With the EU's stricter GDPR regulation now having been in place for three years, fines for regulation breaches totalled almost €1 billion in 2021's third quarter (1 July – 30 September), almost 20 times that of the first and second quarters combined.
The data was compiled by Finbold, a financial news agency, and highlights the enormous fines handed out by Member States – largely during July of 2021, which accounts for €755.08 million in fines.
Yet these huge financial penalties are largely incurred by individual companies, rather than an accumulation of smaller violations. In July, Amazon received the largest fine to date – €746 million – and Whatsapp was hit with a €225 million fine in September.
- Pandora papers: European Council updates short-list of tax havens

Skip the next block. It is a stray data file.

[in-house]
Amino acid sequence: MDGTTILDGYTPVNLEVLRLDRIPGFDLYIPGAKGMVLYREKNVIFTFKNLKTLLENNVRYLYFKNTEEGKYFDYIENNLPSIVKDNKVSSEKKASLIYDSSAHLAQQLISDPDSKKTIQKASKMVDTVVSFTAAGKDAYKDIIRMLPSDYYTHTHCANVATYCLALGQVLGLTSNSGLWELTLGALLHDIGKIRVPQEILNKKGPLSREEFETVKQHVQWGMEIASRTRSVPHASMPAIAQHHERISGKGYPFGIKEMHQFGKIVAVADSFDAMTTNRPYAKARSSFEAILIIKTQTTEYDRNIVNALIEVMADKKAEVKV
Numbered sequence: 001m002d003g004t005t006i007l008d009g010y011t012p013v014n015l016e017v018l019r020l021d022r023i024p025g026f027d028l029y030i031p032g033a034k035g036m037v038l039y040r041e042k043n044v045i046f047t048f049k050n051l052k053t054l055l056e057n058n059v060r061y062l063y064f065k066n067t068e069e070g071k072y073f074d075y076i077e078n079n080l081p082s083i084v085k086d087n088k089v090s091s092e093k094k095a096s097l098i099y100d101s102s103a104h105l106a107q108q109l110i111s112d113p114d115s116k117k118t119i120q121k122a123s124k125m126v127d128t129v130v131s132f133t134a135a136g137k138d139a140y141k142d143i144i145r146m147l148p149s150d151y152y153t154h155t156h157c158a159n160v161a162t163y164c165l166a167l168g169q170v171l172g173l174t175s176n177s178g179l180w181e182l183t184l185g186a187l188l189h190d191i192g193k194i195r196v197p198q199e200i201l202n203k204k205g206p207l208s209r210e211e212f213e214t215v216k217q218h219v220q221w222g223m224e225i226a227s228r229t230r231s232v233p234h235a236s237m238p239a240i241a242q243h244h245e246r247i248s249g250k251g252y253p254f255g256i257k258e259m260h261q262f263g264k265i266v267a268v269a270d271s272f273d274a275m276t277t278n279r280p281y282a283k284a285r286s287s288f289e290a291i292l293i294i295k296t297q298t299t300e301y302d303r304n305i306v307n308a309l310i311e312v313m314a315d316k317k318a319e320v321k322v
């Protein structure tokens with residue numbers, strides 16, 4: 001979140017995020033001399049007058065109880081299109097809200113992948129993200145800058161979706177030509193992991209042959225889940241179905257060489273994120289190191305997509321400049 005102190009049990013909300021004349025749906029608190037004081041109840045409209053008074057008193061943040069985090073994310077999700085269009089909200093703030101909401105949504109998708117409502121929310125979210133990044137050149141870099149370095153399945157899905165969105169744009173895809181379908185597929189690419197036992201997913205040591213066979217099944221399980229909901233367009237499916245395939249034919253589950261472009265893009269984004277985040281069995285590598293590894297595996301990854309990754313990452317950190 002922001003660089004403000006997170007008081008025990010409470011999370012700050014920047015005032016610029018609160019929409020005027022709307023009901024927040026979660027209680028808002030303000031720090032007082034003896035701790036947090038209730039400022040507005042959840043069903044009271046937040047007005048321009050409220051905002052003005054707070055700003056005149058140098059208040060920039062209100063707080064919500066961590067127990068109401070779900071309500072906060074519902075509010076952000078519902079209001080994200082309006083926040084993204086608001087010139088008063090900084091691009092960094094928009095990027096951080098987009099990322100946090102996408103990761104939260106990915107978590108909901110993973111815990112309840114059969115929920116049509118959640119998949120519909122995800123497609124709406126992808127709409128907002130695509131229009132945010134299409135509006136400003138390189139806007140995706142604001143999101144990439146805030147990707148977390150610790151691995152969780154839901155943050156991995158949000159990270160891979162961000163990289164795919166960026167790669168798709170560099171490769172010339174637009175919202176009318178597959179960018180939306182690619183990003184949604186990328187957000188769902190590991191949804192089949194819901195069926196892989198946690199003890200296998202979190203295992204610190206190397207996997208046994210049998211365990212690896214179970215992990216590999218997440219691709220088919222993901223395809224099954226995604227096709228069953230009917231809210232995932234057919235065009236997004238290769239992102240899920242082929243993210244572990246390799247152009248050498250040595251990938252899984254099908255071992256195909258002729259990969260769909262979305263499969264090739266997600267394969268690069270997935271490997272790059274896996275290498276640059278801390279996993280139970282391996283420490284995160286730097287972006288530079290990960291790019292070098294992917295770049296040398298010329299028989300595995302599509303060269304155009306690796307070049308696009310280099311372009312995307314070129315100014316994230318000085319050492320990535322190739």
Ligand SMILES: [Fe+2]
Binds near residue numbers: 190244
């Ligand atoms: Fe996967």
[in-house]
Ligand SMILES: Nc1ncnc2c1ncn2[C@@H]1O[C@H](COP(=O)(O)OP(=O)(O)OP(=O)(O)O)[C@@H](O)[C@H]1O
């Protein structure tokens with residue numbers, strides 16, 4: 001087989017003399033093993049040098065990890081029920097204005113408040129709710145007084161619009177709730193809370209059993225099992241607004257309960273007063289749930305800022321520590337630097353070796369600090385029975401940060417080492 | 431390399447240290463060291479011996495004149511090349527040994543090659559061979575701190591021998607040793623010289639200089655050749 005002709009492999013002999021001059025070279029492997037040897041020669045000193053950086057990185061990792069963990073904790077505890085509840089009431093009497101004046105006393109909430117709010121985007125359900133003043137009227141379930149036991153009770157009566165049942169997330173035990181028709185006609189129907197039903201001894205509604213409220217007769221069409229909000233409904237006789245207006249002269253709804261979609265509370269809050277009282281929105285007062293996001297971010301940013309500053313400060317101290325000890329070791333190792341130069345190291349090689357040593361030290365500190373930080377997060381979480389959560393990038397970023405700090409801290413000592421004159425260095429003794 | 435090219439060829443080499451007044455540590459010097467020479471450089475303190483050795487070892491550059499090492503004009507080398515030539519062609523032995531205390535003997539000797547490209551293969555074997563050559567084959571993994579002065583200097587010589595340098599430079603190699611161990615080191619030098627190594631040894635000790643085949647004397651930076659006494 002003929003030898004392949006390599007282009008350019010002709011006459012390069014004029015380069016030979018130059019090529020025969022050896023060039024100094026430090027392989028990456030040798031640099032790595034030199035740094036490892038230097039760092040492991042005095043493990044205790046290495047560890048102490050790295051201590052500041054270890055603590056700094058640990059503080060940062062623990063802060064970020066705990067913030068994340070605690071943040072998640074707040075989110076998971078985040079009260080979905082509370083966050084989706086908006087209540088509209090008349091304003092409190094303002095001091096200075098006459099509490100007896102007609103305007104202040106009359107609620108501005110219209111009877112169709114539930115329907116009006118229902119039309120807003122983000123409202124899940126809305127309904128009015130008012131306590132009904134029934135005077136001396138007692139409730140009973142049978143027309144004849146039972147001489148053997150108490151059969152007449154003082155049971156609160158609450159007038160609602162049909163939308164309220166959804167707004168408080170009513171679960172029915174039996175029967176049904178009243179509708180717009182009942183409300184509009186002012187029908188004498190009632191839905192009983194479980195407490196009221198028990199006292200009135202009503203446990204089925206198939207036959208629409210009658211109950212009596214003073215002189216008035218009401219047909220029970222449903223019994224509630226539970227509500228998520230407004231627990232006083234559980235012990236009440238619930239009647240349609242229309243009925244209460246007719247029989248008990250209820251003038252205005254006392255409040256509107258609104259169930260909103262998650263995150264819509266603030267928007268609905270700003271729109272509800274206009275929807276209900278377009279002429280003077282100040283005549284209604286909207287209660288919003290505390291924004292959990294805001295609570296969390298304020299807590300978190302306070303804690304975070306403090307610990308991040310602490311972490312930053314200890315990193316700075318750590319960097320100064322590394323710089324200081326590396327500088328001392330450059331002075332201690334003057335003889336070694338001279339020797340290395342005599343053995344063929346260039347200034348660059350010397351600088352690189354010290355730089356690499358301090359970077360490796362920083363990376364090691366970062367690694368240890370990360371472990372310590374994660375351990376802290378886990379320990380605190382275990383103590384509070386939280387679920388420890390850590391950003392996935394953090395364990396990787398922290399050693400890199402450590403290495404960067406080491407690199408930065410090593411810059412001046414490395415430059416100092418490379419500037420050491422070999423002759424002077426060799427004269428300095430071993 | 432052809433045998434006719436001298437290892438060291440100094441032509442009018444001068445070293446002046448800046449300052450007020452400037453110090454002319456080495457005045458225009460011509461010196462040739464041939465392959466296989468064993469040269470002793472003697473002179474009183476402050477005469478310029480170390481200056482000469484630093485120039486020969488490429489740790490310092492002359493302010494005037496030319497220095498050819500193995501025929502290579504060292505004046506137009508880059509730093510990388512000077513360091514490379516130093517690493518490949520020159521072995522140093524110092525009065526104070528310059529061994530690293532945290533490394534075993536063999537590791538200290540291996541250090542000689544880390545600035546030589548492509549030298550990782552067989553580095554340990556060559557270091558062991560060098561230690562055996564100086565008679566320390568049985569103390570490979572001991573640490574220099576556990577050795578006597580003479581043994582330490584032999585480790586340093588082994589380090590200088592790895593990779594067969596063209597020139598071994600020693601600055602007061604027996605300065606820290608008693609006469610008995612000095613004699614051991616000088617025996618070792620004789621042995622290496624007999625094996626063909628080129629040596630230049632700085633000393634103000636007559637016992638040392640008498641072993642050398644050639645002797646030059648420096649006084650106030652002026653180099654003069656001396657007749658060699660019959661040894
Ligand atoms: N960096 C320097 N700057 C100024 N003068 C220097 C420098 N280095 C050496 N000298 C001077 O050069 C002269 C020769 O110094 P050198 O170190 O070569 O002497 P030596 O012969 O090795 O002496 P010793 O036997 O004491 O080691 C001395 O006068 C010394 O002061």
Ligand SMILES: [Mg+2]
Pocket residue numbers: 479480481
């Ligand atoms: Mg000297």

- Record fine for Amazon for data protection breaches
- WhatsApp fined €225 million in Ireland in privacy case
It is also striking that two Member States – Luxembourg and Ireland – dwarf the rest of the EU nations in total amounts fined. This comes as no coincidence since both countries are favoured by multinational corporations for their lower business taxes. These recent fines indicate that these nations may no longer be the safe havens that have so long made them the seat of the mega tech firms that have seen profits rocket in recent years and particularly during the pandemic.
However, Finbold emphasises that the fines indicated will not necessarily be the final amount paid by companies. Fines are often followed by protracted legal battles. Moreover, fines can take months or even years to be handed out in the first place, meaning that this quarter's record totals aren't necessarily a precursor of continually high fines in future financial quarters.
The Brussels Times